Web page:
SEATTLE – Two potential new complications emerged Saturday in relation to the possible sale of the Sacramento Kings to a group that would relocate them to Seattle.
One was reported Saturday afternoon by the Sacramento Bee about a group eager to buy the team and build a $400 million arena on the site of a troubled shopping center in Sacramento, which the newspaper described as “a stunning new twist.”
The other was related to the current owners wanting to retain a voice in how the team is run and using as leverage lawsuits and a threat to relocate the team on their own.
Neither report, though, could be confirmed – each was based on anonymous sources – leaving it difficult to determine exactly where things stand.
If nothing else, the new stories seemed to indicate that the issue is far more complicated than was portrayed earlier in the week, when one report characterized the sale of the Kings to a Seattle group led by Chris Hansen as being so close that it was “first-and-goal at the 1.”
The Bee story Saturday marked the third report in two days of a potential Sacramento-area group or person interested in buying the team and keeping it there.
All of the reports have come since news broke Wednesday that the team’s current owners, the Maloof family, was in talks with Hansen’s group on a sale of the franchise for at least $500 million – which would be the most in NBA history.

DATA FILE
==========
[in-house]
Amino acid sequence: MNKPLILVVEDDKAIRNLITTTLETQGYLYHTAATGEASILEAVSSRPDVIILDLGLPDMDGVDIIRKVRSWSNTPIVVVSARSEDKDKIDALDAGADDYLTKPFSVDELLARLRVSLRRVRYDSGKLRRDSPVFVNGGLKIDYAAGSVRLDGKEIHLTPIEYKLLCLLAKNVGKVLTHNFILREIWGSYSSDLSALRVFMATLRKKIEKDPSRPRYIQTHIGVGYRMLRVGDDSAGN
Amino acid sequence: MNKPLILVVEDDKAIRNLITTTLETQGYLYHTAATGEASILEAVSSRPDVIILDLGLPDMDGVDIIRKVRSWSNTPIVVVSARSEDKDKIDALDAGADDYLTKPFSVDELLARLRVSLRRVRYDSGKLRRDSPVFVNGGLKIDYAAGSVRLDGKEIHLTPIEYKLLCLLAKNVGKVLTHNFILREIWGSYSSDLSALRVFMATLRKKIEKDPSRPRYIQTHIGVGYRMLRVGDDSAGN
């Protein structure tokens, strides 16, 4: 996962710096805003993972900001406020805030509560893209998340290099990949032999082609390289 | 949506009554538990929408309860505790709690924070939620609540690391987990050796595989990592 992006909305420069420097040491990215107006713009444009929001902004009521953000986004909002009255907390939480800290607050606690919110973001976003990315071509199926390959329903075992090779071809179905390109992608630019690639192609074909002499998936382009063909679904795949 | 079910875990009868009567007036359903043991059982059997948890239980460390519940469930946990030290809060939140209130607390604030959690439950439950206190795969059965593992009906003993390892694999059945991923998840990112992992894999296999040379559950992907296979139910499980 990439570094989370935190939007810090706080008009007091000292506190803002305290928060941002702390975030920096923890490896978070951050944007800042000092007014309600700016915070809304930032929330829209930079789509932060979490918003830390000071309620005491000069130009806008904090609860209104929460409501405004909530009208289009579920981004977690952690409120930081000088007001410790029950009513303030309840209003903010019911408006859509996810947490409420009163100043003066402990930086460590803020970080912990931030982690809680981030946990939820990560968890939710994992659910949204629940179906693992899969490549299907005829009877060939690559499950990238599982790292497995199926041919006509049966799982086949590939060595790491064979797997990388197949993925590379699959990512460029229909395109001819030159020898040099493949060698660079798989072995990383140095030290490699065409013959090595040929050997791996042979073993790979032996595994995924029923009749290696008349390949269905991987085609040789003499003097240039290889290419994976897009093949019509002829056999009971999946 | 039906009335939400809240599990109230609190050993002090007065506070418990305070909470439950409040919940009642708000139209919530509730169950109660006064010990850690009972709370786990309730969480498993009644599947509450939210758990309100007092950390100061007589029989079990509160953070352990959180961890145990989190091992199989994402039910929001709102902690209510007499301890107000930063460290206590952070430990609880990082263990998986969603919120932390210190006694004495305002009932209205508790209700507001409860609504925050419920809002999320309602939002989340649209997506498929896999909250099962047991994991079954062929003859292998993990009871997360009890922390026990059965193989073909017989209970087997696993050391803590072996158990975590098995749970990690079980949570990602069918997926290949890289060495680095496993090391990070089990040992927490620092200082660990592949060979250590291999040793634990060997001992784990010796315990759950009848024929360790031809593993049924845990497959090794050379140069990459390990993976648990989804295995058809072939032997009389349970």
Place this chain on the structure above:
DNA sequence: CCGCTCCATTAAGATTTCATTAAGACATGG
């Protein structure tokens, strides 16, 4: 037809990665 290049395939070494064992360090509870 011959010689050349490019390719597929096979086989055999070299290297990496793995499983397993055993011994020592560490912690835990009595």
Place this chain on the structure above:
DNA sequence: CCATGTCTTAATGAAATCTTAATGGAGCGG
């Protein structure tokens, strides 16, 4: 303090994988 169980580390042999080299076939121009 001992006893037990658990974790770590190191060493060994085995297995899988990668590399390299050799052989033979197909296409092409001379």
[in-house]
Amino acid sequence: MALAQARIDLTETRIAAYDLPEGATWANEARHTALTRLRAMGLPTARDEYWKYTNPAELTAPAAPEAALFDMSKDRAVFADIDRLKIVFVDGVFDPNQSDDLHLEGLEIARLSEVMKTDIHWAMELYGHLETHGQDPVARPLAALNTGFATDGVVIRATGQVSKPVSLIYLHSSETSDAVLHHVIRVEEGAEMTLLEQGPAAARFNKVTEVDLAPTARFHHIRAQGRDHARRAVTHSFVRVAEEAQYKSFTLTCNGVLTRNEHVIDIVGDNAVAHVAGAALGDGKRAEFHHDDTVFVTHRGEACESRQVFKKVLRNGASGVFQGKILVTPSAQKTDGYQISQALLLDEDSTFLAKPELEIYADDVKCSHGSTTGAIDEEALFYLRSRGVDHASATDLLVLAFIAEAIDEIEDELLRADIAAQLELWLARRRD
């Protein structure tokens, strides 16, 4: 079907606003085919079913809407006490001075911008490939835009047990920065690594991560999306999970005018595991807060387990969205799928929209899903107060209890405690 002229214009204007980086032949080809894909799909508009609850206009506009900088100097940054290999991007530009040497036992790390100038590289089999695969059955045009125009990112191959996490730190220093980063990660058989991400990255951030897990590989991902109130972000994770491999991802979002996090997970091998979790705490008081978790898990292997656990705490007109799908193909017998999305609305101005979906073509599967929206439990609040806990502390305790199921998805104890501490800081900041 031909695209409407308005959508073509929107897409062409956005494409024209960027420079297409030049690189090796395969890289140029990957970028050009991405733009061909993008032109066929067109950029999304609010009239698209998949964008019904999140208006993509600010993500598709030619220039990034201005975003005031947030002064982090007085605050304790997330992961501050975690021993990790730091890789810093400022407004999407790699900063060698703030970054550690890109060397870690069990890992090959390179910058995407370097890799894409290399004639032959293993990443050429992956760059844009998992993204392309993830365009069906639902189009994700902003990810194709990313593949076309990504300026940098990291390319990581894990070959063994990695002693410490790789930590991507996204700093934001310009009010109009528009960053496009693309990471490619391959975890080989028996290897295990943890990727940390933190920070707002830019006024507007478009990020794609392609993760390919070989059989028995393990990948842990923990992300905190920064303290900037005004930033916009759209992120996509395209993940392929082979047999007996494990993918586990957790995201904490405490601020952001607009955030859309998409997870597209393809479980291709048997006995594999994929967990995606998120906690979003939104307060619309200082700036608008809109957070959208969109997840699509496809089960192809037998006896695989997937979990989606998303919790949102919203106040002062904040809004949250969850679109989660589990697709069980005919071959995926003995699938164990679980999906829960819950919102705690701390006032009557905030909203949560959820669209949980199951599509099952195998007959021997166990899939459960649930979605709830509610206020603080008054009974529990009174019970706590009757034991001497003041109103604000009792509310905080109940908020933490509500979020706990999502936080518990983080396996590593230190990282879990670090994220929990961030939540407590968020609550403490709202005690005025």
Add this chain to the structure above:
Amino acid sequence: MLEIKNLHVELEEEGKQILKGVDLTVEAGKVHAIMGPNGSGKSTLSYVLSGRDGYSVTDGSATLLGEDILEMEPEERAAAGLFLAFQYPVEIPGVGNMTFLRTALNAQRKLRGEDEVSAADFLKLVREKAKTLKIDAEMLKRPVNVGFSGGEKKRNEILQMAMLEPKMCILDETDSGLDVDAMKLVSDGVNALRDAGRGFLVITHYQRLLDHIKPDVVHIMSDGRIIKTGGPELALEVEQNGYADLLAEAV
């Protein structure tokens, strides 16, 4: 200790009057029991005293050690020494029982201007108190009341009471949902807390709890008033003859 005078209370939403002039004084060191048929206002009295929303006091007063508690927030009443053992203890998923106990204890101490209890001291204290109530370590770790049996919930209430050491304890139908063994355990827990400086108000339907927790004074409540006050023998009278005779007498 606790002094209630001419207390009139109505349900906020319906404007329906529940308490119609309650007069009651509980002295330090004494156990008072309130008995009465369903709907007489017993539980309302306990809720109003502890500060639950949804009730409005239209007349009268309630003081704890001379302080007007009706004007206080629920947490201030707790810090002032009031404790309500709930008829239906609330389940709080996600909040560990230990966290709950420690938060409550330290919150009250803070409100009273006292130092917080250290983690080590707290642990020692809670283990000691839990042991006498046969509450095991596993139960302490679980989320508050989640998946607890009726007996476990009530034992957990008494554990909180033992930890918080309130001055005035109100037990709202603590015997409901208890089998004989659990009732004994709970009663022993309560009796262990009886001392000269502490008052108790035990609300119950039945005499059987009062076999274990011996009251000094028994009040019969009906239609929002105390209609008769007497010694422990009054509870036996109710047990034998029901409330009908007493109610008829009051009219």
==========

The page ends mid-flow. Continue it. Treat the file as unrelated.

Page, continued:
After those reports emerged, Sacramento Mayor Kevin Johnson said he would avidly search for potential local buyers who would keep the team in Sacramento.
Various media reports Friday identified two potential buyers – Mark Mastrov, the founder of 24-Hour Fitness, and Dale Carlsen, of Sleep Train Mattress Centers Inc.
The identity of the latest potential buyer was not identified, though it was characterized by the Bee as including “deep-pocket investors who have the ability to pull the deal together.”
Sacramento officials say one factor on their side is that local owners would not have to pay a relocation fee – which would likely be at least $30 million – or pay off a $77 million outstanding loan the Maloofs have with the city.
That would allow a local group to pay less than the $500 million to $525 million that reports have said Hansen’s group - which also includes Microsoft CEO Steve Ballmer - has offered.
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